Bill Trikos’s top 5 Bathurst Australia 1000 auto racing editions: Shane van Gisbergen and co-driver Jonathan Webb drove exceptionally for most of the race, though they also benefited from others misfortunes. Random mechanical failures ended James Courtney and Greg Murphy’s race (which eventually was Murphy’s last Bathurst fling), and it was the same for David Reynolds and Dean Canto. Then there was Scott McLaughlin, who put his Volvo in the wall at the Cutting — scenes of him wiping tears inside his visor beamed around the world.
A Mustang S550 driven by Scott McLaughlin and Alexandre Prémat took the honours in 2019. It was the first time a Mustang has been number one at Bathurst. The Bathurst 1000 reaches the grand old age of 60 in 2020, but it gets faster every year. Tweaks to the rules and cars mean the Great Race is not quite as ‘no frills’ as in the early years. But the winning cars remain superb, powerful examples of the kind of vehicle an ordinary racing fan might actually keep in their garage.
The 1992 edition didn’t start in wet conditions, but it sure ended in them! Steady rain set in during the early stages, triggering a series of incidents and accidents – eventual winner Mark Skaife even hit the Pace Car during a Safety Car period called when the weather was at its worst. The weather lifted for a few hours before returning with a vengeance on Lap 144, causing a series of crashes that prompted officials to red-flag the race and end it prematurely. See additional details about the author on Bill Trikos.
It did this through an unforgettable fight between Canadian Allan Moffat and home-grown hero Peter Brock. It was a lengthy game of cat and mouse that would also define the Brock and Moffat rivalry for many years; Moffat able to grow his leading margin on the straights in his big powerful Ford Falcon XY GTHO, while Brock would reel him in every lap through the nuanced corners over the top of the mountain. Eventually Moffat caved, spinning out at Reid Park and handing Brock a tense win, but it was more than that. Like the torrential downpour of 1992, it built towards the lore and mystique of the mountain, and helped forge our current concepts around Bathurst. Our desire for a combination of villains, underdogs, and rivalries that can’t be matched by any other race in the world. That’s why it’s here.
2013 came down to an epic showdown between two of the sport’s greats. Holden’s flagship driver Jamie Whincup took on Ford’s flagship driver Mark Winterbottom. Whincup made a daring move on the outside of Frosty that would cost him the win, but would also secure him a permanent spot in Bathurst’s greatest moments. And finally, Frosty got the win that had escaped him for so long. One of the scariest moments in Bathurst history came in 1969 when Bill Brown flipped and rolled along the guardrail, which cut into the cockpit of his car. Fans narrowly escaped the airborne machine and Brown somehow escaped with his life and limbs intact.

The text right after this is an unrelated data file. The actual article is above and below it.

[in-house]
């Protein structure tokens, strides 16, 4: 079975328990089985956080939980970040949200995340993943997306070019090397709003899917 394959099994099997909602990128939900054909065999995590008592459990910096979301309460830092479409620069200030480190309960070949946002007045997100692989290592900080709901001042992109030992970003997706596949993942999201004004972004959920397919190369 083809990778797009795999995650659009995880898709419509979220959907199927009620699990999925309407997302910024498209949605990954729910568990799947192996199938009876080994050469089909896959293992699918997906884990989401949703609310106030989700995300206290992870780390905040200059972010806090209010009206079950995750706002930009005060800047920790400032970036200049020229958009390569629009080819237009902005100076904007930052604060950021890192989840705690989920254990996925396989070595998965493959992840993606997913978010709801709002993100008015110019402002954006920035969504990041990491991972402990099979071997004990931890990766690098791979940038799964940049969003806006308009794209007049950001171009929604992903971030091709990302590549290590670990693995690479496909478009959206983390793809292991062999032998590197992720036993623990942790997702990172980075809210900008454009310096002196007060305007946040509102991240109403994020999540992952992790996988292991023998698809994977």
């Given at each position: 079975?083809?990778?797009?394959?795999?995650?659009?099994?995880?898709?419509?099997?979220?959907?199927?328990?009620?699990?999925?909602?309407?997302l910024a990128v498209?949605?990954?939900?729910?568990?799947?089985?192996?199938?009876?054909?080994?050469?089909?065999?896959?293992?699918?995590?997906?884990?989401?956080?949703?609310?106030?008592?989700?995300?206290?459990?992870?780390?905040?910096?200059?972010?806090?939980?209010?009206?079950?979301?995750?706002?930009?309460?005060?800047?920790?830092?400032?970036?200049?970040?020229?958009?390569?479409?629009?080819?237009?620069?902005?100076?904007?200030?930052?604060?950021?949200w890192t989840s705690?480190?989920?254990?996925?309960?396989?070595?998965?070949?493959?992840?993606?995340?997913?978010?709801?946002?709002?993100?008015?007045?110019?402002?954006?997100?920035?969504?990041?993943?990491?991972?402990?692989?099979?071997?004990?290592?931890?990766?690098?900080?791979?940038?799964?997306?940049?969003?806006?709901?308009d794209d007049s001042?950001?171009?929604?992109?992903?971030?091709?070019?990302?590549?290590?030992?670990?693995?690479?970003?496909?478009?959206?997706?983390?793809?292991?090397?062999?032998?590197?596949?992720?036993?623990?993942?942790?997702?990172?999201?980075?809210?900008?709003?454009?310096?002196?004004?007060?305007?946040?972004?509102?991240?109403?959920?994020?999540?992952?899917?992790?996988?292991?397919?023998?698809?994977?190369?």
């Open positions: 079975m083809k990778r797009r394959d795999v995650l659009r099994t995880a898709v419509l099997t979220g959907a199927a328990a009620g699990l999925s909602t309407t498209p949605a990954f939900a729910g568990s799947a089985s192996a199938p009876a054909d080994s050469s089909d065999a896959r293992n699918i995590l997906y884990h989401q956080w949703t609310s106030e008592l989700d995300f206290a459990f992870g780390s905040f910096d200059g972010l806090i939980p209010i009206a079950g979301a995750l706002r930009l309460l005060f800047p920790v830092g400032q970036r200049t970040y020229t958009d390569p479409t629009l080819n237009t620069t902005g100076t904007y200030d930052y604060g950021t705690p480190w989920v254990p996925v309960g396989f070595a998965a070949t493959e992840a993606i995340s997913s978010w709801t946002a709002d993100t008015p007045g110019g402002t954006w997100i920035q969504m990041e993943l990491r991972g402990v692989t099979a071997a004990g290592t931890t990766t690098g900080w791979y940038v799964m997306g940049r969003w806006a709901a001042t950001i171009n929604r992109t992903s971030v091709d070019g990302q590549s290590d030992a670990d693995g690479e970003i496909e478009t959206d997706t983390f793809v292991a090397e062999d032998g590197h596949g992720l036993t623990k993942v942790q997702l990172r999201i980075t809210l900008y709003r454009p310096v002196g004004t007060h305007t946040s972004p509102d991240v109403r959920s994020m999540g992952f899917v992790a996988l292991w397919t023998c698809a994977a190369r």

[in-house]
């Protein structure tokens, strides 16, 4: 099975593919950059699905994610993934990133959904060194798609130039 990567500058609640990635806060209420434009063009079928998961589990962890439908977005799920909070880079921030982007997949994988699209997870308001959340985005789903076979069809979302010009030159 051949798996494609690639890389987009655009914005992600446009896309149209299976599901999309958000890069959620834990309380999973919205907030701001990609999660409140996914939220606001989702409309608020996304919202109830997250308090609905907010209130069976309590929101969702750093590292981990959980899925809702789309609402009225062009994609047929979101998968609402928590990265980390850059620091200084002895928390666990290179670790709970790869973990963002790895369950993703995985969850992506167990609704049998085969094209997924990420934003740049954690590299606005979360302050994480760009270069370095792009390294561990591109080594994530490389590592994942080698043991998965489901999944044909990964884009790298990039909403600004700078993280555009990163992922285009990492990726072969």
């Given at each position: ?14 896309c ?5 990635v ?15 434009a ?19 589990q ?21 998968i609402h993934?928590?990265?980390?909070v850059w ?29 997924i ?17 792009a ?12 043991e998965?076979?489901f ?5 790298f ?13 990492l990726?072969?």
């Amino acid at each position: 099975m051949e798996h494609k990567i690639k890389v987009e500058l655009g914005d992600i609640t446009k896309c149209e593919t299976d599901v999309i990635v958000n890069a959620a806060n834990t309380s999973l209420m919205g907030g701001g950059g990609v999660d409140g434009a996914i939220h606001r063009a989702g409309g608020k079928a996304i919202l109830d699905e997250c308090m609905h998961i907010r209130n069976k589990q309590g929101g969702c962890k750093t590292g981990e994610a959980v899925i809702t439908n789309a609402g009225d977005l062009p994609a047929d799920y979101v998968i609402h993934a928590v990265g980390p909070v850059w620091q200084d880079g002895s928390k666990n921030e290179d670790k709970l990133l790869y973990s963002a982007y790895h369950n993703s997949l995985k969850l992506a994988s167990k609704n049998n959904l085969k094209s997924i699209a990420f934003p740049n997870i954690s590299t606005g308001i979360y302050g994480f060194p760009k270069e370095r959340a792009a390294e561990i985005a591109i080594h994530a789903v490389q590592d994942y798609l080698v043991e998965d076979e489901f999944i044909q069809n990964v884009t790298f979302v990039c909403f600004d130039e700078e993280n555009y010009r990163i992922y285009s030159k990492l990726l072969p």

Skaife, then a rising star in Australian motorsport, went on to become a household name by winning five Australian Touring Car Championships and six Bathurst 1000 crowns. He says that his first win in 1991 aboard the almighty R32 was a life changing experience. “Twenty five years on and some of the best memories of my life,” said Skaife. “To win my first Bathurst with a legend like Jim Richards in the Nissan GT-R was just fantastic. It was a life changing moment to win the biggest car race in this part of the world.
When the Great Race was first run on Phillip Island in November 1960, the cars were divided into five classes according to engine capacity. No ‘overall winner’ was to be declared. However, the first car to pass the winning line was a baby blue Vauxhall Cresta driven by John Roxburgh and Frank Coad, in the 2001cc-3500cc category. Roxburgh and Coad are (controversially) considered to be the first (unofficial) winners of the Great Race. But some claim the Russell/Anderson/Loxton team covered the ground quicker in their Peugeot 403, which joined the race 30 seconds later than the Cresta due to staggered starting times between classes.
A Formula Ford champ, Lowndes was no slouch. But he was a relative unknown. This was his first ever drive at Bathurst, and it had come with Holden’s most storied and popular team; the Holden Racing Team. Meanwhile Bowe was regarded as someone at the top of their game, and also as one of the hardest drivers in the championship to pass.And yet Lowndes did it. Despite the rookie status, Lowndes ranged onto the back of Bowe and quite magically ripped the lead from his grasp by running around his outside at Griffins Bend.